The everlasting debate regarding whether vaccinations contribute to the development of autism in children has given rise to the “anti-vaxxer” crowd among some Americans, who have come to the conclusion that their children should not be receiving vaccinations at all. Particularly in New York City, the debate has once again surfaced, this time in relation to the recent outbreaks of measles.
The anti-vaxxer sentiment has also gained a foothold in the Ultra-Orthodox Jewish community of Brooklyn, as claims about the contents of the vaccines have begun to influence the decisions of some families as to whether it would be religiously acceptable to have their children receive them.
Anti-vaxxer activists have been resisting attempts to ban children from public areas, with some using such imagery as yellow stars to liken themselves to Holocaust victims. As stated by writer Helene Sinnreich of the Washington Post, they “Compare the criticism directed toward parents who choose not to vaccinate their children to the persecution of Jews during the Holocaust and label those who advocate for stringent laws around vaccines as Nazis.”
“Vaccines contain monkey, rat and pig DNA as well as cow-serum blood, all of which are forbidden for consumption according to kosher dietary law,” said Moishe Kahan, an editor for Peach magazine, quoted in a New York Times article on the subject.
On the other side of this ensuing war are doctors, government officials, and parents, who wish to prevent the spread of serious diseases against which vaccines are meant to defend. Also, of course, there are many Jewish leaders as well who are condemning the views of this small group of Jews. Rabbi Dr. Aaron Glatt and Rabbi David Niederman affirmed to CBS that the idea that Jewish law prohibits vaccination is preposterous, and, overall, over 95% of Jewish-Americans get vaccinated. They expressed great concern that there has been growing anti-Semetic sentiment in NYC as a result of this “bad press” for Orthodox Jewry.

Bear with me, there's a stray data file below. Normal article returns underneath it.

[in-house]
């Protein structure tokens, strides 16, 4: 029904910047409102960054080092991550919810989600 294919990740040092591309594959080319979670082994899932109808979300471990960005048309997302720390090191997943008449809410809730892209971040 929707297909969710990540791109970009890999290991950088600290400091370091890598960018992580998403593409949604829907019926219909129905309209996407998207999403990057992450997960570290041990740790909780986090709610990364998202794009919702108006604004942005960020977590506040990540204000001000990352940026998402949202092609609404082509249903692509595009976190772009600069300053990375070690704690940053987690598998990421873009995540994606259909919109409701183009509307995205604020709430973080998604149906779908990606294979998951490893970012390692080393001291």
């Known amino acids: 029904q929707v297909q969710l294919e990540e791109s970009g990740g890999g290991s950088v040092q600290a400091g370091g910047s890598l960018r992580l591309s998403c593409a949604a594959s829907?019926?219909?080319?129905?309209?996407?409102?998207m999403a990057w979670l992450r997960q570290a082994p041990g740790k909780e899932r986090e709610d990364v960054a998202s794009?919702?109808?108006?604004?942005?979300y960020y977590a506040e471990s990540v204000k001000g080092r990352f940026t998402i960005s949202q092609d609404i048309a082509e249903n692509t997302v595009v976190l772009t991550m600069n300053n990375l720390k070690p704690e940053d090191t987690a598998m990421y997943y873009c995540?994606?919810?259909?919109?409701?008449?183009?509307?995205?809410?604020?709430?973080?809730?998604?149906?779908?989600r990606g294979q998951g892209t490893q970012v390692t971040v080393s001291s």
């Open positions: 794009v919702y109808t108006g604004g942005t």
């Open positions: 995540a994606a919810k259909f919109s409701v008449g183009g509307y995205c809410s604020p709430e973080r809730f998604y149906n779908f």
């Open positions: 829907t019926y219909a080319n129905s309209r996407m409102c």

The potential of anti-vaxxer movements to instigate the spread of diseases such as measles has led to increasingly proactive efforts by the city government to enforce vaccinations of children.
Mayor Bill de Blasio began to demonstrate this increased willingness to take action on the issue by announcing newly-established requirements for residents, specifically in the Orthodox areas of Brooklyn where this anti-vaxxer movement has taken root: receive measles vaccinations or be subject to fines or violations.
“There has been some real progress in addressing the issue, but it’s just not working fast enough and it was time to take a more muscular approach,” Mayor Bill de Blasio said, speaking on the move at a press conference.
Though much of the focus related to this issue has been on the specific incidents taking place in Brooklyn, the separate issue of unvaccinated people and children, and the consequences of the choice not to be subjected to vaccinations, is one that can have a wide reach. Now, the focus is more on who should be responsible for getting people vaccinated.
A large part of the responsibility for ensuring that people get necessary vaccines must come from entities such as educational institutions, businesses and places of employment in general, all of which play an enormous role in the lives of most Americans. Most, if not all such places, are already mandated to do so by the New York State Public Health Law, including Queens College.
Beyond this, however, are more direct efforts by the government to enforce vaccinations for the general public. In order to enact the new requirements for Orthodox Jewish neighborhoods in Brooklyn, mayor de Blasio first had to declare a medical state of emergency in those areas. At times, in cases where government takes a more direct role in the lives of citizens, such a step is a called a necessity, indicating desperate times that call for more desperate measures.
In such cases as of the anti-vaxxer activists and Brooklyn Orthodox Jewish groups, who may seek to avoid receiving mandatory vaccinations regardless of consequence, the threat of violations and fines may be necessary to preserve the health of the public.